Comparative Analysis of the two Chambry 108 texts

Line [1]
Ἑρμῆς βουλόμενος γνῶναι ἐν τίνι τιμῇ παρὰ ἀνθρώποις ἐστίν,
Ἑρμῆς γνῶναι βουλόμενος ἐν τίνι τιμῇ παρ' ἀνθρώποις ἐστίν,

ἧκεν ἀφομοιωθεὶς ἀνθρώπῳ εἰς ἀγαλματοποιοῦ ἐργαστήριον.
ἧκεν εἰς ἀγαλματοποιοῦ, ἑαυτὸν εἰκάσας ἀνθρώπῳ,

Line [2]
Καὶ θεασάμενος Διὸς ἄγαλμα
καὶ θεασάμενος ἄγαλμα τοῦ Διὸς.

ἐπυνθάνετο πόσου.
ἠρώτα πόσου τις αὐτὸ πρίασθαι δύναται.

Line [3]
Εἰπόντος δὲ αὐτοῦ ὅτι δραχμῆς,
Τοῦ δὲ εἰπόντος δραχμῆς,

γελάσας ἠρώτα τὸ τῆς Ἥρας πόσου.
γελάσας πόσου τὸ τῆς Ἥρας ἔφη.

Line [4]
Εἰπόντος δὲ ἔτι μείζονος,
Εἰπόντος δὲ πλείονος,
θεασάμενος καὶ αὑτοῦ ἄγαλμα
ἰδὼν καὶ τὸ ἑαυτοῦ ἄγαλμα,

ὑπέλαβεν ὅτι αὐτόν,
καὶ νομίσας ὡς,

ἐπειδὴ καὶ ἄγγελός ἐστι καὶ ἐπικερδής,
ἐπειδὴ ἄγγελός ἐστι θεῶν καὶ κερδῷος,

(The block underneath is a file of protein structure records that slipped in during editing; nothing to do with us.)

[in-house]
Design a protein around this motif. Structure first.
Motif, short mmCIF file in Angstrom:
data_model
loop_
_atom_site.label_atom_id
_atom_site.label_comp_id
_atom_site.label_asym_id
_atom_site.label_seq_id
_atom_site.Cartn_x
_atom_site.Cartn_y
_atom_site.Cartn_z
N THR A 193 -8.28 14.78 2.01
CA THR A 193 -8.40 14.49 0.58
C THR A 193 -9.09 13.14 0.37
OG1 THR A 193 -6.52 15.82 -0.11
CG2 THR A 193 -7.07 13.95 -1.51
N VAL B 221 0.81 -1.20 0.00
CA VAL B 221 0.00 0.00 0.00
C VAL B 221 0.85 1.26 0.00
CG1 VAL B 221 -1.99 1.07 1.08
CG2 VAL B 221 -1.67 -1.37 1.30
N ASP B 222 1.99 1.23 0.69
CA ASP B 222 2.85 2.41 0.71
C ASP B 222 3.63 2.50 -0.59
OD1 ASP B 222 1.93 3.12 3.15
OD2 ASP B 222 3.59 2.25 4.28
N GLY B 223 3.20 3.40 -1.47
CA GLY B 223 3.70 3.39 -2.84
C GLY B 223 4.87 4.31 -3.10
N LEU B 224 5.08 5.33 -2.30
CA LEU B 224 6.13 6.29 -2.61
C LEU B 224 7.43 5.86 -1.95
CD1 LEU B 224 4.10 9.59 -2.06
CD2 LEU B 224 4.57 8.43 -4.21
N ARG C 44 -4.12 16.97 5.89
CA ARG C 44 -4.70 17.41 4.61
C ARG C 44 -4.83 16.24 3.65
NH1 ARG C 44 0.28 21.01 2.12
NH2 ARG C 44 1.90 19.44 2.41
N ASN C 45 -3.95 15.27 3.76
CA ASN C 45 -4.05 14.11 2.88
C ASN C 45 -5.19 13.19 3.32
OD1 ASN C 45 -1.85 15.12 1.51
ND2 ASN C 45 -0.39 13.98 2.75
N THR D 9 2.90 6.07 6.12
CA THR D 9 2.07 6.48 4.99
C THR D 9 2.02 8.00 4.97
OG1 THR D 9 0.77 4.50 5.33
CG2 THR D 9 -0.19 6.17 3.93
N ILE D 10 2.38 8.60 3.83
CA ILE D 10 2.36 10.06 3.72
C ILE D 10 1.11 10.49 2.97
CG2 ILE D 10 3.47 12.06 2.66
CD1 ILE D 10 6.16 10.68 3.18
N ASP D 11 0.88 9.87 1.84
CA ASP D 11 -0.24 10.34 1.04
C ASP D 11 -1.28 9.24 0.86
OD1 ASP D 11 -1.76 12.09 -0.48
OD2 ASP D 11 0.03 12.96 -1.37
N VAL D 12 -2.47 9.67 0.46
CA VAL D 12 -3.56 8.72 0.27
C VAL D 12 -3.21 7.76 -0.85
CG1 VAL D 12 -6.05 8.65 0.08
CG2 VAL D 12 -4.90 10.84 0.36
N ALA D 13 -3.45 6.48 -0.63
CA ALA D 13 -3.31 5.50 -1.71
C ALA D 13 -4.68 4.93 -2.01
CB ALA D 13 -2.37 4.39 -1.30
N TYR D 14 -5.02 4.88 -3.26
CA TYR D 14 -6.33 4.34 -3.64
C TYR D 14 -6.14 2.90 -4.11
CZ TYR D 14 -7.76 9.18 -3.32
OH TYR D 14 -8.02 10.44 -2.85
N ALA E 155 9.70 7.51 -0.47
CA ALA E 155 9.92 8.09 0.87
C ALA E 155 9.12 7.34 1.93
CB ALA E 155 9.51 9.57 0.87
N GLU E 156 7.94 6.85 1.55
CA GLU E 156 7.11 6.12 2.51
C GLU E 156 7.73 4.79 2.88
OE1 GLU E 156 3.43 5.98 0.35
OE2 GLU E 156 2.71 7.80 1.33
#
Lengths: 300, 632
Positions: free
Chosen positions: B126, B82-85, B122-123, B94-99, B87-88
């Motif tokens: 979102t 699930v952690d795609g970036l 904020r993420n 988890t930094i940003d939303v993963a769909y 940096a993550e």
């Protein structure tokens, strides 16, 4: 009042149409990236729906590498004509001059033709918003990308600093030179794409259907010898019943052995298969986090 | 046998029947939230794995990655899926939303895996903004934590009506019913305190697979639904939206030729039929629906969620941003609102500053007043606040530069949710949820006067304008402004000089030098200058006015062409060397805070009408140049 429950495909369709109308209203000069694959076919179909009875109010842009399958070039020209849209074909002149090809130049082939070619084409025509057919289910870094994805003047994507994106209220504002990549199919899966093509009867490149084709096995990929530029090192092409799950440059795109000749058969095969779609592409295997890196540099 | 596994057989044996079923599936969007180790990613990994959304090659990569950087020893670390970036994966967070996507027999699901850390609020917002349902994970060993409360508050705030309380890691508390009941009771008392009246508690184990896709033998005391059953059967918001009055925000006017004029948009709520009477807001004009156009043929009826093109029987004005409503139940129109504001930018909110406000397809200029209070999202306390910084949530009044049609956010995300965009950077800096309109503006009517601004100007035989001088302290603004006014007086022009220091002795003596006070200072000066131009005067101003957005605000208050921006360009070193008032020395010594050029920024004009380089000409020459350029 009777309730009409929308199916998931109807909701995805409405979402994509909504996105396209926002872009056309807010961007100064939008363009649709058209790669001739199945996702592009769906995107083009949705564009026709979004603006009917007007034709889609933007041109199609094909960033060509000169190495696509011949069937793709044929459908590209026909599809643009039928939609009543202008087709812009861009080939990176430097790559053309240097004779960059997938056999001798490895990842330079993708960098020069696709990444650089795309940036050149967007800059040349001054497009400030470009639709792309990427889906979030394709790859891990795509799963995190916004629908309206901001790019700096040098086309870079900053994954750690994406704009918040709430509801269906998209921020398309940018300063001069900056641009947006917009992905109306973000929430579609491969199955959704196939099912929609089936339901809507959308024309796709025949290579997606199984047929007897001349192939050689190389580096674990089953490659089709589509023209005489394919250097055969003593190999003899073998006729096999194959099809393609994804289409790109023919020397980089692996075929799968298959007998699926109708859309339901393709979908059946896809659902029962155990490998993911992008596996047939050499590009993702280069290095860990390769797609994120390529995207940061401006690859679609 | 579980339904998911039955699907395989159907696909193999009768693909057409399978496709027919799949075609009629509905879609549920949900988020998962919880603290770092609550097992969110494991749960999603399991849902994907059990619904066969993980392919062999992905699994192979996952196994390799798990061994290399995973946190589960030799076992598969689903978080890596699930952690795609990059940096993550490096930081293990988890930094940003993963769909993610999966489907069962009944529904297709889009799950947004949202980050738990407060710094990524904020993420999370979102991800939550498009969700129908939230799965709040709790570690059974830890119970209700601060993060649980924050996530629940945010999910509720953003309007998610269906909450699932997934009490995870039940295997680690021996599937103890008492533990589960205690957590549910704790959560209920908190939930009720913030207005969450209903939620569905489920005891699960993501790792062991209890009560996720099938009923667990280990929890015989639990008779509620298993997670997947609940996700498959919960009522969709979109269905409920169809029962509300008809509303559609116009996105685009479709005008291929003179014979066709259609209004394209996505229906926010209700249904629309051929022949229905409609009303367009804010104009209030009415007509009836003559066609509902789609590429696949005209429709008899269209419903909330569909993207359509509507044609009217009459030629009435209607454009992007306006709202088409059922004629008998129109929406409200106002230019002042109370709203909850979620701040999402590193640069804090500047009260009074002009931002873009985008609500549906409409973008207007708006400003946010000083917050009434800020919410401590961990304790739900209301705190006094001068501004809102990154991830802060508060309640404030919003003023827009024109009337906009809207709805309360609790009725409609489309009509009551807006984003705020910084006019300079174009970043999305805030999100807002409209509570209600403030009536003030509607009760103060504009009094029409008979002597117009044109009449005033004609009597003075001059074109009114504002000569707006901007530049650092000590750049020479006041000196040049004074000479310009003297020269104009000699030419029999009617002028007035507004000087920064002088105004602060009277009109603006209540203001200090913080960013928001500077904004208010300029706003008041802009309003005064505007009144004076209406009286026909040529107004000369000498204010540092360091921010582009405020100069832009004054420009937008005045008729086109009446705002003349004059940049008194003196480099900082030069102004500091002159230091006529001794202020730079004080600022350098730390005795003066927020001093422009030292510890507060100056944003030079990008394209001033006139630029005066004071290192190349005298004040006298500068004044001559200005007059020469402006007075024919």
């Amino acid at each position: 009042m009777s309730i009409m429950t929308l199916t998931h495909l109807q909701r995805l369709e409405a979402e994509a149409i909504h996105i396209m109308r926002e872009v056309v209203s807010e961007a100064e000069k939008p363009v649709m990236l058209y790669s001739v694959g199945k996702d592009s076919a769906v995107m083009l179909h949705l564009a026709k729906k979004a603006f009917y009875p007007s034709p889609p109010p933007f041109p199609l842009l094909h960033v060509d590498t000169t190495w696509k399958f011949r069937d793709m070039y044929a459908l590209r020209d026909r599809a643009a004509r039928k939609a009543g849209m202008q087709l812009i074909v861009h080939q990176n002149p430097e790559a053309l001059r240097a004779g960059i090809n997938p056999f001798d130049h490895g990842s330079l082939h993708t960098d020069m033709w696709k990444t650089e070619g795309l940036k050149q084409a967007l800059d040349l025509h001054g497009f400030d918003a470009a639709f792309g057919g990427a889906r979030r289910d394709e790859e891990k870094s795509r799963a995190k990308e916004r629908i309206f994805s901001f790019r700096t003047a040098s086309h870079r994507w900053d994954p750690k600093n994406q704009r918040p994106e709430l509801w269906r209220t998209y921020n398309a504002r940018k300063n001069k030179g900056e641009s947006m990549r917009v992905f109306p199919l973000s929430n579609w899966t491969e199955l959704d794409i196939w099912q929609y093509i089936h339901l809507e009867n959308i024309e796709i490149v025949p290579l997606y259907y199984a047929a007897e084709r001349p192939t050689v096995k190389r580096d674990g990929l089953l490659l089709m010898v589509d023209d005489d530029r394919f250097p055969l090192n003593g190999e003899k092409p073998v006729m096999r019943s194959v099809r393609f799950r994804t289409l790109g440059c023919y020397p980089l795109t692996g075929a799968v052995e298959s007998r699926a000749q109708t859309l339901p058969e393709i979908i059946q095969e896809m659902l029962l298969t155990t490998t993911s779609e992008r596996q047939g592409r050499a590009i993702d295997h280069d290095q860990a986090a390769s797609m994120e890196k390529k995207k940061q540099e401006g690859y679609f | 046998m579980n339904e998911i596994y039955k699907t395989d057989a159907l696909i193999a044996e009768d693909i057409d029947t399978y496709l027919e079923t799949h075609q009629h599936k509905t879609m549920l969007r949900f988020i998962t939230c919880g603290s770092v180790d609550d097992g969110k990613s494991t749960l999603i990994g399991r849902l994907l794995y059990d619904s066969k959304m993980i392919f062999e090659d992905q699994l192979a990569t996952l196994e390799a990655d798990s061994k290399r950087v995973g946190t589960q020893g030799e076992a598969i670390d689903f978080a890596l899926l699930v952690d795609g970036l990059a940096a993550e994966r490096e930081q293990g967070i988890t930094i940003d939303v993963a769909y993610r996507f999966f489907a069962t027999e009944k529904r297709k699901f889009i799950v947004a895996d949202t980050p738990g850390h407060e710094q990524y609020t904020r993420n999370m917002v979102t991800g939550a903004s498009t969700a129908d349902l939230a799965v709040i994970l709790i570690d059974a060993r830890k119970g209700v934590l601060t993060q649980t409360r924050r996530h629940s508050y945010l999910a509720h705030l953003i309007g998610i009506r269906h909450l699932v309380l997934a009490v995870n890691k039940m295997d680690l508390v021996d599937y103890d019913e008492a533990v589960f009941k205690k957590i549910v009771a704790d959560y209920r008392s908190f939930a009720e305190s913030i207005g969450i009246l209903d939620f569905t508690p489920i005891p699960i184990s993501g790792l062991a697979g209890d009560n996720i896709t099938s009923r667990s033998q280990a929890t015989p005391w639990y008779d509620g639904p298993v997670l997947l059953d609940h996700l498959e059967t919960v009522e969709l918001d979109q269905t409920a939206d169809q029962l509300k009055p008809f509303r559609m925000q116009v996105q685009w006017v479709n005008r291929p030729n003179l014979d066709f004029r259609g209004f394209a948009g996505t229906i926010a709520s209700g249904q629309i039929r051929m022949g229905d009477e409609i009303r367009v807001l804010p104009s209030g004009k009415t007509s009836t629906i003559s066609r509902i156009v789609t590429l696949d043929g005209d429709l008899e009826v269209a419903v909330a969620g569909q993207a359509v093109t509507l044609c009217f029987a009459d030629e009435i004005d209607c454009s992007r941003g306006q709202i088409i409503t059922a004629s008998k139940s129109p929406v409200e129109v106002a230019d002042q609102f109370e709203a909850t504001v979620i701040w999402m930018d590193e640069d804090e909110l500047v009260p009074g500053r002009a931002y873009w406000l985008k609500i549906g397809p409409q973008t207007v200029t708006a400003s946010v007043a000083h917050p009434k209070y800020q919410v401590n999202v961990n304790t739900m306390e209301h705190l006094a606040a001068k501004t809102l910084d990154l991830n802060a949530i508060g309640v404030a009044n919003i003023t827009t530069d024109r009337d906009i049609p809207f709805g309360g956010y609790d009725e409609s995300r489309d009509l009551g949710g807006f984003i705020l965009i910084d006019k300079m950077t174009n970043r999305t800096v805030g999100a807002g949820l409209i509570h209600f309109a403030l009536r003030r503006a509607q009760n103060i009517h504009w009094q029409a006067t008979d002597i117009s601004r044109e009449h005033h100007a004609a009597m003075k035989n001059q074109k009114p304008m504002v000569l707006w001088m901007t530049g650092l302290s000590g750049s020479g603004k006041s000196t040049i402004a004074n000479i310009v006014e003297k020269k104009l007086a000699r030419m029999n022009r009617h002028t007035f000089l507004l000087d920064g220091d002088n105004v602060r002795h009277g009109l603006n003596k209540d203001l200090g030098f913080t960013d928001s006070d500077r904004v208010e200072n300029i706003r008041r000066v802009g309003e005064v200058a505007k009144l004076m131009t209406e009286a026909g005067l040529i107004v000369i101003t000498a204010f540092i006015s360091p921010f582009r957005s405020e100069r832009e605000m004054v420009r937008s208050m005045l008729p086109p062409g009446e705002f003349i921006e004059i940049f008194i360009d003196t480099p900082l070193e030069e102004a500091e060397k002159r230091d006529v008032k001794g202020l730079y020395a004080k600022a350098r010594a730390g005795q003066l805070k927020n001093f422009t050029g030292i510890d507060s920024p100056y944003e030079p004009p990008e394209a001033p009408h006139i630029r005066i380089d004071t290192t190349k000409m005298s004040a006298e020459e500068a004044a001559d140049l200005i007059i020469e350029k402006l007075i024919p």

περὶ πολλοῦ ποιοῦνται οἱ ἄνθρωποι.
πολὺν αὐτοῦ παρὰ τοῖς ἀνθρώποις εἶναι τὸν λόγον,

Epimythium [E]
...ὁ λόγος ἁρμόζει. 
Ὁ μῦθος ...

Πρὸς ἄνδρα κενόδοξον ἐν οὐδεμίᾳ μοίρᾳ
πρὸς ἄνδρα κενόδοξον οὐδεμίᾳ 

παρὰ τοῖς ἄλοις ὄντα
παρ' ἄλλοις ὄντα τιμῇ.


Reading 10 - Optional Reading Chambry 2


[1] Ξύλινόν τις Ἑρμῆν κατασκευάσας καὶ προσενεγκών εἰς ἀγορὰν ἐπώλει: μηδενὸς δὲ ὠνητοῦ προσιόντος, ἐκκαλέσασθαί τινας βουλόμενος, ἐβόα ὡς ἀγαθοποιὸν δαίμονα καὶ κέρδους δωρητικὸν πιπράσκει. [2] Τῶν δὲ παρατυχόντων τινὸς εἰπόντος πρὸς αὐτόν: "Ὦ οὗτος, καὶ τί τοῦτον τοιοῦτον ὄντα πωλεῖς, δέον τῶν παρ' αὐτοῦ ὠφελειῶν ἀπολαύειν;" [3] ἀπεκρίνατο ὅτι ἐγὼ μὲν ταχείας ὠφελείας τινὸς δέομαι, αὐτὸς δὲ βραδέως εἴωθε τὰ κέρδη περιποιεῖν.
[E] Πρὸς ἄνδρα αἰσχροκερδῆ μηδὲ θεῶν πεφροντικότα ὁ λόγος εὔκαιρος.

Chambry 2 Questions

Q1 The word πιπράσκει comes from what word? How do you explain the difference between the 'real lemma' in the big LSJ and Middle LSJ? Can you give some other examples of common words where the same type disparity of occurs?

Q2 Explain the phrase Τῶν δὲ παρατυχόντων τινὸς εἰπόντος πρὸς αὐτόν. How are the genitives used here?